God, who at sundry times and in divers manners spoke in time past to the fathers by the prophets,…
The devout heart yearns after a personal God. It craves for something more than the works of God, however replete with proofs of His power and glory; it wants to get near Himself. Its instinctive desire is after a Father and a Friend — a loving ear into which its sorrows may be poured — a loving heart on which its weariness may rest. But Omnipresence, Omnipotence, Being without form or place, Existence without beginning or end, Eternal Rest without change or motion; these, in their very sublimity, constitute a notion which tends to repel rather than to attract, to overwhelm and crush rather than gently to raise and foster our human sympathies and desires. Our mortal feebleness shrinks from it in trembling awe. The heart cannot feed on sublimities. We cannot make a home of this cold magnificence; we cannot take Immensity by the hand. The soul lost in such contemplations, like a trembling child wandering on some mountain solitudes, longs, amidst all this vastness and grandeur, for the sound of some familiar voice to break the stillness, or the sight of some sheltered spot in which it may nestle with the sense of friendliness and security. Now that which is thus the deep-felt want of our natures is most fully and adequately met in the Person of Jesus Christ. For here is One whom, while we may reverence and adore as God, we can think of as clearly, and love as simply, trustingly, tenderly, as the best known and loved of our earthly friends. Here is a point which our shadowy conceptions may condense, a focus towards which our aimless aspirations may tend. Here we have set before us the Boundless, limited in form; the Eternal, dwelling in time; the Invisible and Spiritual God revealed in that Word of Life which human eyes have seen, and human hands have handled.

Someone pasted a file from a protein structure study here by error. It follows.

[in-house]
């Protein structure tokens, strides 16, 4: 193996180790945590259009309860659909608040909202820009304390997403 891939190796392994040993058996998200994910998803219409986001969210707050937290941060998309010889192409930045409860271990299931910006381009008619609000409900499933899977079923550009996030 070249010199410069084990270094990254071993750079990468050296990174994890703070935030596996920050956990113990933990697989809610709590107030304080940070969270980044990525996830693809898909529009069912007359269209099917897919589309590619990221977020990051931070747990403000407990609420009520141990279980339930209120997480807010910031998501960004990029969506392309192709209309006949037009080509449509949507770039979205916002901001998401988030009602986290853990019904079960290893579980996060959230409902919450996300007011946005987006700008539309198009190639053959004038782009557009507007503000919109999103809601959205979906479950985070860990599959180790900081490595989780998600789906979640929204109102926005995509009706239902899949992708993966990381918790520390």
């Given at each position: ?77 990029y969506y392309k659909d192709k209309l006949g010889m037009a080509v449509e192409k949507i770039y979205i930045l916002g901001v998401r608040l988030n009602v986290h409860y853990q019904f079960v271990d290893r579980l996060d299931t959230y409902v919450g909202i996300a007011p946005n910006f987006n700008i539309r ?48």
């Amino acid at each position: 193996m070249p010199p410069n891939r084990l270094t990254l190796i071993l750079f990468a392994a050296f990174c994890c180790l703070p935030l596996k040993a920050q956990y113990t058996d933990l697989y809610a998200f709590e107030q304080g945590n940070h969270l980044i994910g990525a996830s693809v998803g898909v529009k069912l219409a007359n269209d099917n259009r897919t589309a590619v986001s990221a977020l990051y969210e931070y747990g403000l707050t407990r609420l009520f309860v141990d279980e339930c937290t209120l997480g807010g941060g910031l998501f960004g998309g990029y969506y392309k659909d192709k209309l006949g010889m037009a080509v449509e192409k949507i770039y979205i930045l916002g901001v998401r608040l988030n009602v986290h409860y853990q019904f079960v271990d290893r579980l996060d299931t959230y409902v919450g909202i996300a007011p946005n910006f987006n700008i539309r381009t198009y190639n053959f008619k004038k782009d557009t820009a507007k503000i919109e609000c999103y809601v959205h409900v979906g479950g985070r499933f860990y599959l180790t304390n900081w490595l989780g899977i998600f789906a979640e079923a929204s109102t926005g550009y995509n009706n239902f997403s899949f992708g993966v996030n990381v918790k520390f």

(J. Caird, D. D.)
Parallel VersesKJV: God, who at sundry times and in divers manners spake in time past unto the fathers by the prophets,